The eurozone economy is on the verge of its first-ever recession after the economies of Germany, France and Italy all shrank in the second quarter of this year.
The overall 0.2 per cent fall in activity over the three months to June in the 15-nation single currency area was worse than the markets had anticipated, and helped to give the pound a rare boost against the euro. Sterling also stabilised, albeit at a 22- month low, against the dollar, following a week of dramatic falls. The EU revised July's rate of inflation for the eurozone down slightly, from 4.1 to 4 per cent.
The unexpectedly poor news on European growth came a day after the Bank of England hinted at the strong possibility of a recession in the UK over the next year, and added to a global round of bad news. However, the fall in European GDP was still smaller than that revealed yesterday in the world's second biggest economy, Japan, which shrank 0.6 per cent in April to June. The US recorded growth of 0.5 per cent, partly driven by tax cuts. The upshot was that sterling bounced a little against the euro, which fell 0.4 per cent to 79.52p, and, with little movement against the dollar after the dramatic falls earlier in the week, sterling edged off an 11-year low set the previous session, on a trade-weighted average basis.
But most focus yesterday was on the deteriorating prospects for eurozone countries. Although less bad than a previous leak had suggested, the figure for Europe's largest economy, Germany, was nonetheless disappointing, with a 0.5 per cent quarterly contraction in her economy, following a surge of 1.3 per cent in the first three months of this year.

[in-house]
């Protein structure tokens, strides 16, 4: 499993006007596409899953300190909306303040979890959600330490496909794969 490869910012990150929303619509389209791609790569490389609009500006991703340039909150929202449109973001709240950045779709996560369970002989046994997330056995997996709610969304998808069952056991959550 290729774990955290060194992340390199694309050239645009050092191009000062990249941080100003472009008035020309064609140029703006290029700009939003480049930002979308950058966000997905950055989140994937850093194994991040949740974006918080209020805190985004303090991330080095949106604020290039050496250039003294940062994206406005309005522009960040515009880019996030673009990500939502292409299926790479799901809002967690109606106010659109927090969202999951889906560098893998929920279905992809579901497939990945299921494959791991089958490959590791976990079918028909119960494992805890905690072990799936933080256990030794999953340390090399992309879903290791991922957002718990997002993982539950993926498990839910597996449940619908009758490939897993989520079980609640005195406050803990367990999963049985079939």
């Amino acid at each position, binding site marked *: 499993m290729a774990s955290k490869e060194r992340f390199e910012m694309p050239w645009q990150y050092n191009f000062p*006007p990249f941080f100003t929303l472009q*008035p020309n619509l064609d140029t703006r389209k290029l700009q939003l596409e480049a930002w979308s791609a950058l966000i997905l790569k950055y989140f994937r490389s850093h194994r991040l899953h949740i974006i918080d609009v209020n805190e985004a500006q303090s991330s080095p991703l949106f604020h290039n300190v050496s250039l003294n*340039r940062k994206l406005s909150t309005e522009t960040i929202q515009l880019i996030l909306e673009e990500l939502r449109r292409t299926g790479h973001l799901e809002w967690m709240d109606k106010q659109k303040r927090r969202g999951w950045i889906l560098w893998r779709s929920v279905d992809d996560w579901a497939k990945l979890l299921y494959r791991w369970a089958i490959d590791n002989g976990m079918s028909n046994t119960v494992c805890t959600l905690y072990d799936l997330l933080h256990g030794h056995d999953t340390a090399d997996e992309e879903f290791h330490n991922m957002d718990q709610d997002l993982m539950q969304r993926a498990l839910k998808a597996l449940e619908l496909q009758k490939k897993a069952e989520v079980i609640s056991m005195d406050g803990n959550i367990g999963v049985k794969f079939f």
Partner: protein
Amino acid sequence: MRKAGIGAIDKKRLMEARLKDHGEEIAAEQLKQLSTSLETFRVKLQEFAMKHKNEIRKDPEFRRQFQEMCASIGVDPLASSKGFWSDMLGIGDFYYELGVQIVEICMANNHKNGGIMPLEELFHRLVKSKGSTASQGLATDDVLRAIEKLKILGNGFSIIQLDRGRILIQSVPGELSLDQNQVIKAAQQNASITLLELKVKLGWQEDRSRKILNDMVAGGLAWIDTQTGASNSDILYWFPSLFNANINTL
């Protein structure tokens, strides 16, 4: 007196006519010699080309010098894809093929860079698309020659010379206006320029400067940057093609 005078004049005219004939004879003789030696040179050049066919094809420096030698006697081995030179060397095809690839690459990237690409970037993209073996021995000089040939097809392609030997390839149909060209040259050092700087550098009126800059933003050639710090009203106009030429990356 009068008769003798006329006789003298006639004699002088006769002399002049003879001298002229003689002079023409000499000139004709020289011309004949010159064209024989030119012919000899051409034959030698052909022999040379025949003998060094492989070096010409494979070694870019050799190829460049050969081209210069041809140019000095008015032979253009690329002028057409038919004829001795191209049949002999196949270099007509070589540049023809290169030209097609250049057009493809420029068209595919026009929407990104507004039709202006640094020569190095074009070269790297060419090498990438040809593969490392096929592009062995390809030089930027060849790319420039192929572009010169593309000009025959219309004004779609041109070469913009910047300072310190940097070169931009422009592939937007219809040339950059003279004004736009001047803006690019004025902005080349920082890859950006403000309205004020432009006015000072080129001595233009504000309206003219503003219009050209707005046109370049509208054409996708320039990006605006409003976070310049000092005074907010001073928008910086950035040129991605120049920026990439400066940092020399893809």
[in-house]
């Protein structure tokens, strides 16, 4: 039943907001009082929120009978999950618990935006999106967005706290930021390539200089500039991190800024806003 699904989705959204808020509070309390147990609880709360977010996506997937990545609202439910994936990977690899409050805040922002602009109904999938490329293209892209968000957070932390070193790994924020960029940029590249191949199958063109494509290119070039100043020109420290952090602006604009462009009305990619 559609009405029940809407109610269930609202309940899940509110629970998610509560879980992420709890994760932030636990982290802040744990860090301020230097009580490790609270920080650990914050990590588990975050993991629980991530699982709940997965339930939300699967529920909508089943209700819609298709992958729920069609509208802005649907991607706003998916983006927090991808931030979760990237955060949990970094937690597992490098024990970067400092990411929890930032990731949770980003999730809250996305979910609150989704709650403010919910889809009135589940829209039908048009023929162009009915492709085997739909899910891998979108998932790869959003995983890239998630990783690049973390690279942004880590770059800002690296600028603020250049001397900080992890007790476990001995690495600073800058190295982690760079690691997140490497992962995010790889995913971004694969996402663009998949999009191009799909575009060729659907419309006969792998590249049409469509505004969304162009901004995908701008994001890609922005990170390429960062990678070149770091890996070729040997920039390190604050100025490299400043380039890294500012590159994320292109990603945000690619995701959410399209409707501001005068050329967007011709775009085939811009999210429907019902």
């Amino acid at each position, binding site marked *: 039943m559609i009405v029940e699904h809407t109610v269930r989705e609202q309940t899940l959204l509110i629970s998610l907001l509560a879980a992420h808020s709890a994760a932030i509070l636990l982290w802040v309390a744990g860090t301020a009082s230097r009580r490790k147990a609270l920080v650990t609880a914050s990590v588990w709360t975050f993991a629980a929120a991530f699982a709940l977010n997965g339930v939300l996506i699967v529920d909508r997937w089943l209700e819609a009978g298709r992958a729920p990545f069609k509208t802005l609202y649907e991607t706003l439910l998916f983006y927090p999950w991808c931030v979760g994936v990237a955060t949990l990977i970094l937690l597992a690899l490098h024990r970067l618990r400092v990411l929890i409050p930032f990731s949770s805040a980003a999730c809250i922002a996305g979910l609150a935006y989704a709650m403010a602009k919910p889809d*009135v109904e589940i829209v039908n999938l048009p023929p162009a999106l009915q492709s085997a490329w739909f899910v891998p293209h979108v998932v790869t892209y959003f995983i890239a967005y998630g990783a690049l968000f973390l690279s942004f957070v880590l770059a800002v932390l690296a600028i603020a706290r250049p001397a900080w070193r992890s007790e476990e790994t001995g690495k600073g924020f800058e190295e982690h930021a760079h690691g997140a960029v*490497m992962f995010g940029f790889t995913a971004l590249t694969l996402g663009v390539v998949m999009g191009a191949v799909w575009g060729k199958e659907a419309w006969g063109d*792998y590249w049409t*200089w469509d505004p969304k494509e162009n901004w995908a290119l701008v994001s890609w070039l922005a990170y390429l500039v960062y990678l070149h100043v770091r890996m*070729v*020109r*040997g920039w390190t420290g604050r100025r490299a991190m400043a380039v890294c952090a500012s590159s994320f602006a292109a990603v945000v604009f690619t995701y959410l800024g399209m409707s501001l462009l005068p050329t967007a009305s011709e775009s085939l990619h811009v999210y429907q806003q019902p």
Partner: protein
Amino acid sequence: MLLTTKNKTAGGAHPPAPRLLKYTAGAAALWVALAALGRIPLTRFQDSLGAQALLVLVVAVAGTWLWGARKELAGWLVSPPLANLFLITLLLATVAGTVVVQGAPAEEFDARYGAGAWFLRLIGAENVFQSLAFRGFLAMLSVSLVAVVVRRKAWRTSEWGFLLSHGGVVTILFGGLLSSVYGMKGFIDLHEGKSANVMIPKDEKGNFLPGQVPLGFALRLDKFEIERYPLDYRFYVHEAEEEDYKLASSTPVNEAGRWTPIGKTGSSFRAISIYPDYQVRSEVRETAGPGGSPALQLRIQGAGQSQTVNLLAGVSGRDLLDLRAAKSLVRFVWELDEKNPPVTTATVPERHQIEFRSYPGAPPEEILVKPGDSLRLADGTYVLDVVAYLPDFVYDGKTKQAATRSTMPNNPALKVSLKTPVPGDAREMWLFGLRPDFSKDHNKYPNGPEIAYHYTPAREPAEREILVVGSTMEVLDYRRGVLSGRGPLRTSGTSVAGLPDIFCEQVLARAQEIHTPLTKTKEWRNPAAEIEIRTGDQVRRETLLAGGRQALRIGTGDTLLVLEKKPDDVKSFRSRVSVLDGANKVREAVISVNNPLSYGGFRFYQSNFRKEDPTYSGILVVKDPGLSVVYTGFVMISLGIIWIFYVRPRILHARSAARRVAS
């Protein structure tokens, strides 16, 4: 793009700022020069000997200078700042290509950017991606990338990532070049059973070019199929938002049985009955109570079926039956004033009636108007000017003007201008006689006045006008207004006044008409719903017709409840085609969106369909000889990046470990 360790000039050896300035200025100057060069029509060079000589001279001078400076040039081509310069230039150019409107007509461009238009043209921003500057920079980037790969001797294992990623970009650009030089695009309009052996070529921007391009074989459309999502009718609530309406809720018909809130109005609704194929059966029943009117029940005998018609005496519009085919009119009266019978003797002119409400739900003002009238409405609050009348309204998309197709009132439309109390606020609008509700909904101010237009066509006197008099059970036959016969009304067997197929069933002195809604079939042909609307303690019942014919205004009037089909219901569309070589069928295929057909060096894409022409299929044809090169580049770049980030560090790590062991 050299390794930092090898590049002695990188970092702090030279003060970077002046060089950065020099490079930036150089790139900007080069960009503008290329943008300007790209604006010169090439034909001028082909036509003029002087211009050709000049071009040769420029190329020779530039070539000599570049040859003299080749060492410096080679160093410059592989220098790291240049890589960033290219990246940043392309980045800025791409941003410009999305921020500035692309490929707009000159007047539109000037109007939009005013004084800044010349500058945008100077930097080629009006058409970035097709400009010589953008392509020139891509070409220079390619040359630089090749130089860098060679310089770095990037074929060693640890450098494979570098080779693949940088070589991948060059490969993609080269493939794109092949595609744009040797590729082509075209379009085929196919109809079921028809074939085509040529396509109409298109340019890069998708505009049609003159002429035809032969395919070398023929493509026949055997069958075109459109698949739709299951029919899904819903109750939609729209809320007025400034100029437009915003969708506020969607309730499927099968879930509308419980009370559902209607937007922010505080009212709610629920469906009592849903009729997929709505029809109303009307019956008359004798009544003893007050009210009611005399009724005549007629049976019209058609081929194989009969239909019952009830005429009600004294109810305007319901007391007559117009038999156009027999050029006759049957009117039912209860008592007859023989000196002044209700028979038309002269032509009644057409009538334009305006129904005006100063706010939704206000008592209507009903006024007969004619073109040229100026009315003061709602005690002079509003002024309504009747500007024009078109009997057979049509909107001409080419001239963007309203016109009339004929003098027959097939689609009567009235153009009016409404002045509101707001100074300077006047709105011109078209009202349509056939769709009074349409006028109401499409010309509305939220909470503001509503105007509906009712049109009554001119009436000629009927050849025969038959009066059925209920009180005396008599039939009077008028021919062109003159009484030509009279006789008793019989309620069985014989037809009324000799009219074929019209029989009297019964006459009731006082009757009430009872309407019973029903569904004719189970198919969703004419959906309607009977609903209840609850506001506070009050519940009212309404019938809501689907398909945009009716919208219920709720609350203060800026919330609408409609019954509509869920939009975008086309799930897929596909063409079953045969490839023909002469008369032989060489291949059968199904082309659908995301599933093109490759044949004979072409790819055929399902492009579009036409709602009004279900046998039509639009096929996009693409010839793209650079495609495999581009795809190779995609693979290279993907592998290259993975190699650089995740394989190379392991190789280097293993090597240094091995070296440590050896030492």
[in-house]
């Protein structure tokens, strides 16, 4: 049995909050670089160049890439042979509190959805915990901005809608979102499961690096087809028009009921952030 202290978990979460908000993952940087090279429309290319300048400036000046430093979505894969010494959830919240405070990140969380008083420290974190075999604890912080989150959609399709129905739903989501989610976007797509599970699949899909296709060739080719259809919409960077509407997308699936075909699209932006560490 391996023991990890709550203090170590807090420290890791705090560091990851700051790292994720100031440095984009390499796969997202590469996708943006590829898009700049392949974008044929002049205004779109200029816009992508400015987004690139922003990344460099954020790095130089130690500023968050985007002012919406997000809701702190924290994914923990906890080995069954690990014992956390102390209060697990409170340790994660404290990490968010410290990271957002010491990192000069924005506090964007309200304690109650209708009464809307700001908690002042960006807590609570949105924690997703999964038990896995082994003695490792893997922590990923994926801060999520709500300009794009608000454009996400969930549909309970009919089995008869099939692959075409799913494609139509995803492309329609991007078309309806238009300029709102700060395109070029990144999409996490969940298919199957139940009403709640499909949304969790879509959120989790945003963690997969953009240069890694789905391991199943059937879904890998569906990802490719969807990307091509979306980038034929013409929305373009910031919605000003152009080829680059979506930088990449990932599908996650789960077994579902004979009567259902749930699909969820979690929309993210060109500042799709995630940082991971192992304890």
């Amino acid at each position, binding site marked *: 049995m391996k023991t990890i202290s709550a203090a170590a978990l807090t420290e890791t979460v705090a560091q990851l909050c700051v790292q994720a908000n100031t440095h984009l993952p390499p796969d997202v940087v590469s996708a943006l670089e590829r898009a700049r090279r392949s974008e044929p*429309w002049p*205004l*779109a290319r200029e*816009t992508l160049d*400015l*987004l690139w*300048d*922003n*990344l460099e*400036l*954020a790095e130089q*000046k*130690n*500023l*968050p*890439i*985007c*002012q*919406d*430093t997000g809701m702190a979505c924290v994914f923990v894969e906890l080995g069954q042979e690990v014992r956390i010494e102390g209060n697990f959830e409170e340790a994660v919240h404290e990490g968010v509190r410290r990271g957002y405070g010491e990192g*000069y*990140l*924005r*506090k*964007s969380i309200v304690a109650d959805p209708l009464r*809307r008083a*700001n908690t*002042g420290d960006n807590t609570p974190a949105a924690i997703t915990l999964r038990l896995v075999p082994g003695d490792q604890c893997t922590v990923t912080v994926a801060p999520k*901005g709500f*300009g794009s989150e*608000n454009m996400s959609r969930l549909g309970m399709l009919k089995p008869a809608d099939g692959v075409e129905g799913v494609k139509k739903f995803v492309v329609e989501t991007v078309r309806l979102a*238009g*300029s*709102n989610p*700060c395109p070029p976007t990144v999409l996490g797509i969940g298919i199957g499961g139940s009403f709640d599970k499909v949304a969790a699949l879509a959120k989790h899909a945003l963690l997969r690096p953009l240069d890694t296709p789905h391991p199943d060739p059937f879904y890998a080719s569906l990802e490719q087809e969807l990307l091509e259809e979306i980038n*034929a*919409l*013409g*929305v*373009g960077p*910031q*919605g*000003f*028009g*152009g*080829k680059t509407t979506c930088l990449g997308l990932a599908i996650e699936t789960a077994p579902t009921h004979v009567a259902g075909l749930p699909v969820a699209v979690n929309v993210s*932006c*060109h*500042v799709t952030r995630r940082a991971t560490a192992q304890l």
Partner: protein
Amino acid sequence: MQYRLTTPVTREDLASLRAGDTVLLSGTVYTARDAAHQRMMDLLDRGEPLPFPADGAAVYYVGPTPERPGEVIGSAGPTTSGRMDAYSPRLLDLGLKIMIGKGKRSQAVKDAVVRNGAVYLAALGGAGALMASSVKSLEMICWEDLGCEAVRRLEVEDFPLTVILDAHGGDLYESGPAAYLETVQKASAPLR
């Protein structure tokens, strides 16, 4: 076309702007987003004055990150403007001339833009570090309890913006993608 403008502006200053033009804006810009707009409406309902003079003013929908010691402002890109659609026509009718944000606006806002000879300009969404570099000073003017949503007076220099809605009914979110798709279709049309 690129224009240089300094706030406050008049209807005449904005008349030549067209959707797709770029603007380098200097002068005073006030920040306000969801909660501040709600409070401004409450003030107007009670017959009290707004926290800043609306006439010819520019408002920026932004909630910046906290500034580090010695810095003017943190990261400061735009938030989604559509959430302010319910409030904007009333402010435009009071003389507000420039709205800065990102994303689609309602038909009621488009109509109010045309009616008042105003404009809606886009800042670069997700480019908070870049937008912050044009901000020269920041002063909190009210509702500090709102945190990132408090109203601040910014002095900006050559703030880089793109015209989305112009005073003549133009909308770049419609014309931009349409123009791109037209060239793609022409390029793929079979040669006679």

The gathering strength of the euro, and the slowdown in demand for German-made capital goods in emerging markets such as China, accounted for much of the sharp decline. Germany has for some time been highly dependent on its successful export sector to maintain its growth rate, and has benefited, compared to the Anglo-Saxon economies, from relying more on engineering and less on financial services and the appreciation of house prices to sustain itself. However, the global slowdown has begun to hit Europe hard. The deputy economy minister, Walther Otremba, said he could not rule out that the German economy would shrink further in the third quarter.
Most of Europe is in decline. France also reported a reduction in its national income, with GDP down by 0.3 per cent on the previous quarter. Spain, suffering especially severely from a property crash, grew by just 0.1 per cent, hardly sufficient to make an impact on an unemployment rate of over 10 per cent, the worst of Europe's major economies. The Dutch economy recorded zero growth. Taken together with a previously reported decline of 0.3 per cent in Italian economic activity, Eurostat says the overall eurozone GDP contraction was 0.2 per cent on the quarter.
Nor are prospects for the third quarter much better. As in the UK, forward indicators of economic growth, such as business confidence and forward orders, point to a recession over the next three months. Matters have not been helped by a hike in the eurozone interest rate last month, though most observers now think the next moves by the European central bank will be in the opposite direction – hence the currency's comparative weakness against sterling yesterday.
Longer term, though, analysts were more optimistic about the eurozone than the UK or the US, because of its more broadly based economy. Jennifer McKeown, European economist at Capital Economics said: "As the economy does not suffer from the serious imbalances apparent elsewhere, we still expect the region to outperform the UK and the US over the medium term."Reuse content